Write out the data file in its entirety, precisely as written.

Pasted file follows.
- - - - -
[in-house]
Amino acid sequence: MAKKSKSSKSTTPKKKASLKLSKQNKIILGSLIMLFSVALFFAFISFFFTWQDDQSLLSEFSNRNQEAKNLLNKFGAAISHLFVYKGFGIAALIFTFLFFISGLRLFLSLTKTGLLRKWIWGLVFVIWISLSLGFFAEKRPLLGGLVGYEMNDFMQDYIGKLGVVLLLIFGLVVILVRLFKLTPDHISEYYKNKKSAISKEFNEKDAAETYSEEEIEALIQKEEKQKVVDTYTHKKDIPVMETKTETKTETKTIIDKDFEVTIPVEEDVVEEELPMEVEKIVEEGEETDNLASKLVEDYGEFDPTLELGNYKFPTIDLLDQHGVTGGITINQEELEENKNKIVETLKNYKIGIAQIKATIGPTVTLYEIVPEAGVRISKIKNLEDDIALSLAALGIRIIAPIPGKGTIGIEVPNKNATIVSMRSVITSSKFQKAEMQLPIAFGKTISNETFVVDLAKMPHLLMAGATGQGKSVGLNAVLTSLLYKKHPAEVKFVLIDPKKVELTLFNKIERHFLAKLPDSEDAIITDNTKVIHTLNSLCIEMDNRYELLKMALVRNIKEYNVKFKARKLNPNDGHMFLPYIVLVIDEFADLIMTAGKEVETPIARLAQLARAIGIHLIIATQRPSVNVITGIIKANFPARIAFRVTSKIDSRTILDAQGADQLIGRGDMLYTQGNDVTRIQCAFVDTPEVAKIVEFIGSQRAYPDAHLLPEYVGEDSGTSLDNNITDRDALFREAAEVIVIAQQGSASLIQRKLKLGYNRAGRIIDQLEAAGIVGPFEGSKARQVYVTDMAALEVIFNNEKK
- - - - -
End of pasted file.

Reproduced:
[in-house]
Amino acid sequence: MAKKSKSSKSTTPKKKASLKLSKQNKIILGSLIMLFSVALFFAFISFFFTWQDDQSLLSEFSNRNQEAKNLLNKFGAAISHLFVYKGFGIAALIFTFLFFISGLRLFLSLTKTGLLRKWIWGLVFVIWISLSLGFFAEKRPLLGGLVGYEMNDFMQDYIGKLGVVLLLIFGLVVILVRLFKLTPDHISEYYKNKKSAISKEFNEKDAAETYSEEEIEALIQKEEKQKVVDTYTHKKDIPVMETKTETKTETKTIIDKDFEVTIPVEEDVVEEELPMEVEKIVEEGEETDNLASKLVEDYGEFDPTLELGNYKFPTIDLLDQHGVTGGITINQEELEENKNKIVETLKNYKIGIAQIKATIGPTVTLYEIVPEAGVRISKIKNLEDDIALSLAALGIRIIAPIPGKGTIGIEVPNKNATIVSMRSVITSSKFQKAEMQLPIAFGKTISNETFVVDLAKMPHLLMAGATGQGKSVGLNAVLTSLLYKKHPAEVKFVLIDPKKVELTLFNKIERHFLAKLPDSEDAIITDNTKVIHTLNSLCIEMDNRYELLKMALVRNIKEYNVKFKARKLNPNDGHMFLPYIVLVIDEFADLIMTAGKEVETPIARLAQLARAIGIHLIIATQRPSVNVITGIIKANFPARIAFRVTSKIDSRTILDAQGADQLIGRGDMLYTQGNDVTRIQCAFVDTPEVAKIVEFIGSQRAYPDAHLLPEYVGEDSGTSLDNNITDRDALFREAAEVIVIAQQGSASLIQRKLKLGYNRAGRIIDQLEAAGIVGPFEGSKARQVYVTDMAALEVIFNNEKK